A weight function is a mathematical device used when performing a sum, integral, or average in order to give some elements more "weight" or influence on the result than other elements in the same set. They occur frequently in statistics and analysis, and are closely related to the concept of a measure. Weight functions can be employed in both discrete and continuous settings. They can be used to construct systems of calculus called "weighted calculus" and "meta-calculus".
In the discrete setting, a weight function is a positive function defined on a discrete set A, which is typically finite or countable. The weight function w(a): = 1 corresponds to the unweighted situation in which all elements have equal weight. One can then apply this weight to various concepts.
but given a weight function , the weighted sum is defined as
One common application of weighted sums arises in numerical integration.
In this case only the relative weights are relevant.
Weighted means are commonly used in statistics to compensate for the presence of bias. For a quantity f measured multiple independent times fi with variance , the best estimate of the signal is obtained by averaging all the measurements with weight , and the resulting variance is smaller than each of the independent measurements . The Maximum likelihood method weights the difference between fit and data using the same weights wi .
The terminology weight function arises from mechanics: if one has a collection of n objects on a lever, with weights (where weight is now interpreted in the physical sense) and locations :, then the lever will be in balance if the fulcrum of the lever is at the center of mass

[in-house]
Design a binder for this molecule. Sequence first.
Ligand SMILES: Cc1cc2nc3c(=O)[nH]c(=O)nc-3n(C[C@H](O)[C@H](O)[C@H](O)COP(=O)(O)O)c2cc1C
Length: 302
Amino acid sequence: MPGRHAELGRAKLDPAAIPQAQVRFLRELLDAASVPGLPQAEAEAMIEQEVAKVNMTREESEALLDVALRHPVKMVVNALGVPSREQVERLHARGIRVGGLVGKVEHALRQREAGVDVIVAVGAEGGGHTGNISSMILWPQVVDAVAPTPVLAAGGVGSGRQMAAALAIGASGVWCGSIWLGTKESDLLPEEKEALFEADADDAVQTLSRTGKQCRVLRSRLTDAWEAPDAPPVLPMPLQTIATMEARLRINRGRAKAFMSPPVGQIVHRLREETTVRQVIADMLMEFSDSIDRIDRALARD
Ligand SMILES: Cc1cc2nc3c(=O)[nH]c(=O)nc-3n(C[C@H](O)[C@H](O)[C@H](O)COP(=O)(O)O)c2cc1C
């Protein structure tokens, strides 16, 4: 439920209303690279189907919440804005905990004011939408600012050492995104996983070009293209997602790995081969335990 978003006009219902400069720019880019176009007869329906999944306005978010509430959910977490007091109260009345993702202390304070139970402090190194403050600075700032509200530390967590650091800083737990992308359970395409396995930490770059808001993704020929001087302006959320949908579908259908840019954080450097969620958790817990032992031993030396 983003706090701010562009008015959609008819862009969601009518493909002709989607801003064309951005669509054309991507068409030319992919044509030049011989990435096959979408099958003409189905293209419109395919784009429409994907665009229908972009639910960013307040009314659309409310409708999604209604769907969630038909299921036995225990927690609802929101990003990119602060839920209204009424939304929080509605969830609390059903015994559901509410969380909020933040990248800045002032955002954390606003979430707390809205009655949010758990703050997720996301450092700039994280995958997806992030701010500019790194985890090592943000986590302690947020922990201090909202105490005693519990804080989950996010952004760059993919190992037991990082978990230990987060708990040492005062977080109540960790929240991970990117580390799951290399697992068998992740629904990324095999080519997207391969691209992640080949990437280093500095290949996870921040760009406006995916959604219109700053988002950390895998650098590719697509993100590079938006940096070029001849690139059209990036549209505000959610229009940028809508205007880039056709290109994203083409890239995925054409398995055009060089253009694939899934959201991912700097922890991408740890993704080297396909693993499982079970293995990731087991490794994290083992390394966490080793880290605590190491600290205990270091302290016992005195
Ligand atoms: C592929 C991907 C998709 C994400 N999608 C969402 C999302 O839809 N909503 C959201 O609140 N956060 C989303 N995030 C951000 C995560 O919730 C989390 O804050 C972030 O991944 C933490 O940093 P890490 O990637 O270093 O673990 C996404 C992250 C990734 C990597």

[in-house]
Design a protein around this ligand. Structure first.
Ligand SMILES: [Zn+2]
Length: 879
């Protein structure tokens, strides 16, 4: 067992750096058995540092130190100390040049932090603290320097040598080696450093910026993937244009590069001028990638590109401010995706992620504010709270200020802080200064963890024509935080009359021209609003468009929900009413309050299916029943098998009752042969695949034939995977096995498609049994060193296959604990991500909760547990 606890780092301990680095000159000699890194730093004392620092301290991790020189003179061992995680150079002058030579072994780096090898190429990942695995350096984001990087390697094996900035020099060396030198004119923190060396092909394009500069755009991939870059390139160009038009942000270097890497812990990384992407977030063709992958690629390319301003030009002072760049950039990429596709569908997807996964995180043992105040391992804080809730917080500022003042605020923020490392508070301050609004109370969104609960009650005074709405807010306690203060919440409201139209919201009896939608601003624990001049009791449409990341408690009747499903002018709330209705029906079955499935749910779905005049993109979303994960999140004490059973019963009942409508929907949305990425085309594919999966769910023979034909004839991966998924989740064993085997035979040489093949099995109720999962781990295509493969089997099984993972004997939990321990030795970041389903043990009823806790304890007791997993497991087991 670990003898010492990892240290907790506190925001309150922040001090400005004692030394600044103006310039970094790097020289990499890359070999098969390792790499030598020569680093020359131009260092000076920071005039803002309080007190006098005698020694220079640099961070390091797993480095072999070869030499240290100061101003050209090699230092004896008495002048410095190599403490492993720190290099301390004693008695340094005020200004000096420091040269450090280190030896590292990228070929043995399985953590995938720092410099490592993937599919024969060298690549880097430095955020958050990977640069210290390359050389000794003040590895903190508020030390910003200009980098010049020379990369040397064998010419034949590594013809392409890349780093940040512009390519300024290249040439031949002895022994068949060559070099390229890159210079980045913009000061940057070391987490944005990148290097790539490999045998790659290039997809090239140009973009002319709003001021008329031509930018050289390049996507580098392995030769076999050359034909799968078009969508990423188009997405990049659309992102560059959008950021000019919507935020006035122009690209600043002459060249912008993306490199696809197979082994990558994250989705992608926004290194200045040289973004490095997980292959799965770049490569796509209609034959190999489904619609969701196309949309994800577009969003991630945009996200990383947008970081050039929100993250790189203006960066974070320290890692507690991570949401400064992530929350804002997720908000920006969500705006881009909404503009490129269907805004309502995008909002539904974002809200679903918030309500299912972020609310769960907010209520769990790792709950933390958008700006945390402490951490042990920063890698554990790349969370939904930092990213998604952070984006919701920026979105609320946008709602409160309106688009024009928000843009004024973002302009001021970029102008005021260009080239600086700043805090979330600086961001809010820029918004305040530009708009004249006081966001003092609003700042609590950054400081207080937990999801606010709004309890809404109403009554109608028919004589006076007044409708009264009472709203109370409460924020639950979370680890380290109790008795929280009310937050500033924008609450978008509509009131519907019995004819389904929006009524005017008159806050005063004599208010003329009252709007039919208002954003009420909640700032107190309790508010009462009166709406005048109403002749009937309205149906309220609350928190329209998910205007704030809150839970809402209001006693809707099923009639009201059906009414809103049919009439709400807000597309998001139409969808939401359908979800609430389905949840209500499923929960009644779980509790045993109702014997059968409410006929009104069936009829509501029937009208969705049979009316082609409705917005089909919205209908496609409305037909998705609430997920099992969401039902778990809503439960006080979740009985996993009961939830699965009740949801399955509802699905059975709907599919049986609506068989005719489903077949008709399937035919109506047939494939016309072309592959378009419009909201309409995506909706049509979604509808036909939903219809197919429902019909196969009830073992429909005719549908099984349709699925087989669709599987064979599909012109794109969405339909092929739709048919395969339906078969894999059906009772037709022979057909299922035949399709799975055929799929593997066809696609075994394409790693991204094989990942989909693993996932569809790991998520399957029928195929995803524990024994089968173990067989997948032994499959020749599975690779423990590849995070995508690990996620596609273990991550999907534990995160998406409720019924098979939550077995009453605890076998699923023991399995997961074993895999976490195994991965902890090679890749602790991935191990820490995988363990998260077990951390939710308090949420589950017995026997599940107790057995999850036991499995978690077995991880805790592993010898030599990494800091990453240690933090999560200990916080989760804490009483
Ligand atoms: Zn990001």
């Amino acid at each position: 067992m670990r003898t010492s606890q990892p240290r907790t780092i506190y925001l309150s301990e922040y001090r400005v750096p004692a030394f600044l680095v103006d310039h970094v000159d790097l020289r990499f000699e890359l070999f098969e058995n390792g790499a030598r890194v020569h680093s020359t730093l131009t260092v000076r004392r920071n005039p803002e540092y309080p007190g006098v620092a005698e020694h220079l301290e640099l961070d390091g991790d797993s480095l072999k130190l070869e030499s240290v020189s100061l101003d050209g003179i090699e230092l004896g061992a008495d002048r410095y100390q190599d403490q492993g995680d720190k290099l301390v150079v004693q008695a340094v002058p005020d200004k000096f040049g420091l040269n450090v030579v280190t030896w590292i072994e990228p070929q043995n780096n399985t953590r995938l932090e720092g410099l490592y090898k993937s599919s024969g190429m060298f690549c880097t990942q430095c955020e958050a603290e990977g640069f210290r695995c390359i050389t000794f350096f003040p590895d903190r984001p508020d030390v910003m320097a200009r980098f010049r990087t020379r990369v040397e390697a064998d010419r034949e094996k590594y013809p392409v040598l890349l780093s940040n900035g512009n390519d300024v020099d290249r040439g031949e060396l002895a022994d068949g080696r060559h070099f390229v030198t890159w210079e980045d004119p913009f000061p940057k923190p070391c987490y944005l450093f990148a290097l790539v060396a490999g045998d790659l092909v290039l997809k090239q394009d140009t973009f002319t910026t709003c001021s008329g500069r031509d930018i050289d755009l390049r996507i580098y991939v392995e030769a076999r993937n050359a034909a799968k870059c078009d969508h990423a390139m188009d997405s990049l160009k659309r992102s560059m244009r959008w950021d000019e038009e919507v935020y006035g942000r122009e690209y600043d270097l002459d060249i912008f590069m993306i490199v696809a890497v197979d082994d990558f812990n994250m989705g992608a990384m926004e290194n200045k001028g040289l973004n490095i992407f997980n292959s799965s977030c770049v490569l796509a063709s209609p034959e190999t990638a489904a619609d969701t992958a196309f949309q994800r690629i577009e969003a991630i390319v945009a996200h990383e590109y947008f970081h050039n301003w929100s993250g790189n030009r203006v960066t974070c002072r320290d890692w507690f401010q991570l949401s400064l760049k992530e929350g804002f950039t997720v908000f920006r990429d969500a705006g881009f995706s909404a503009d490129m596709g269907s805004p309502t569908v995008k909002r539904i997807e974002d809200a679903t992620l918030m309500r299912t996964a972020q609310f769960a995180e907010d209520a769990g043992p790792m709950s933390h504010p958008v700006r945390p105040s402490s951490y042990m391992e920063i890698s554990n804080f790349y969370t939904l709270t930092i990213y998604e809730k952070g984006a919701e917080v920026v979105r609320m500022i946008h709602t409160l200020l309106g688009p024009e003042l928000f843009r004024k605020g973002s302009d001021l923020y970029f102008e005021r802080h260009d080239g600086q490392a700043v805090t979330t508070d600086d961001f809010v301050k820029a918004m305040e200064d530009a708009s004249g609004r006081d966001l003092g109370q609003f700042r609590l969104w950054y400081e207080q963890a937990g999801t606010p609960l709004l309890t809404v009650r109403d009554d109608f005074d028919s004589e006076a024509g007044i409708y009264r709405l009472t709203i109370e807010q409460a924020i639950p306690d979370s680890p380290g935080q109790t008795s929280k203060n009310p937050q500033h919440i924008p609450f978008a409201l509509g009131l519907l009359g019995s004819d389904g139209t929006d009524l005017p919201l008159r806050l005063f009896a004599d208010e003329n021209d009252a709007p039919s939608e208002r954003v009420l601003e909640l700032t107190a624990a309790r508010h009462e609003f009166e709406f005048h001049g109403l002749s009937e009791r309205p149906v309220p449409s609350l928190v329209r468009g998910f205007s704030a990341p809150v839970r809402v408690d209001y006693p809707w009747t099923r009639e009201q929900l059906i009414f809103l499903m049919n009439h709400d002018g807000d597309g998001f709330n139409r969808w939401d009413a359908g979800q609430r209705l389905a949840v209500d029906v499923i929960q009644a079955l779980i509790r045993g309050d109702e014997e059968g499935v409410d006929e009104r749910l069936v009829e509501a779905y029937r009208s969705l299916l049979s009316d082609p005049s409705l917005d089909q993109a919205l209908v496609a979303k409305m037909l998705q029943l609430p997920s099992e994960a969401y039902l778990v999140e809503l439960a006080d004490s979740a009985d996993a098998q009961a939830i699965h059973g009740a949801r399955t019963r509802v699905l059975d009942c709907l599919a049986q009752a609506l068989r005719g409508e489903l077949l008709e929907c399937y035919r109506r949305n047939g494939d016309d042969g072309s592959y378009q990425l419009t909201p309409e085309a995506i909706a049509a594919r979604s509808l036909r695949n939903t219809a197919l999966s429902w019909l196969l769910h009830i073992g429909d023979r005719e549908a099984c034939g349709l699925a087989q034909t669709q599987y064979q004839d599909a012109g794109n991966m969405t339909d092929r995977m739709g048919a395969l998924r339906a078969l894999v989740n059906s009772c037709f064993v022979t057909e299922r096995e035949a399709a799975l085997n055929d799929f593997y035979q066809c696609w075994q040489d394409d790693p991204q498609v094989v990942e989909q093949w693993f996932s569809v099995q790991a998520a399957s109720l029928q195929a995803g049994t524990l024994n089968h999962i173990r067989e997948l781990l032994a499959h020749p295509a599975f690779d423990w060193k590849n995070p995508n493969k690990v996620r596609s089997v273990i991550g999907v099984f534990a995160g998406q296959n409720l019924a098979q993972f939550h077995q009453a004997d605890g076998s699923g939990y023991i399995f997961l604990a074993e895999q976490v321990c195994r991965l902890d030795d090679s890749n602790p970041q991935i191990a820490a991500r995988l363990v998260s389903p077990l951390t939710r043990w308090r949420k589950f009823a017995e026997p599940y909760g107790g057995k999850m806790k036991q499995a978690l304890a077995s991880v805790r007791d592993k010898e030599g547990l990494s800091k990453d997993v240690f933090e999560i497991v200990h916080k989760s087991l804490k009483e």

which is also the weighted average of the positions .
In the continuous setting, a weight is a positive measure such as w(x)dx on some domain Ω,which is typically a subset of an Euclidean space , for instance Ω could be an interval [a,b]. Here dx is Lebesgue measure and is a non-negative measurable function. In this context, the weight function w(x) is sometimes referred to as a density.
can be generalized to the weighted integral
Note that one may need to require f to be absolutely integrable with respect to the weight w(x)dx in order for this integral to be finite.
If E is a subset of Ω, then the volume vol(E) of E can be generalized to the weighted volume
If Ω has finite non-zero weighted volume, then we can replace the unweighted average
by the weighted average
If and are two functions, one can generalize the unweighted inner product
to a weighted inner product
See the entry on Orthogonality for more details.
Published - July 2009
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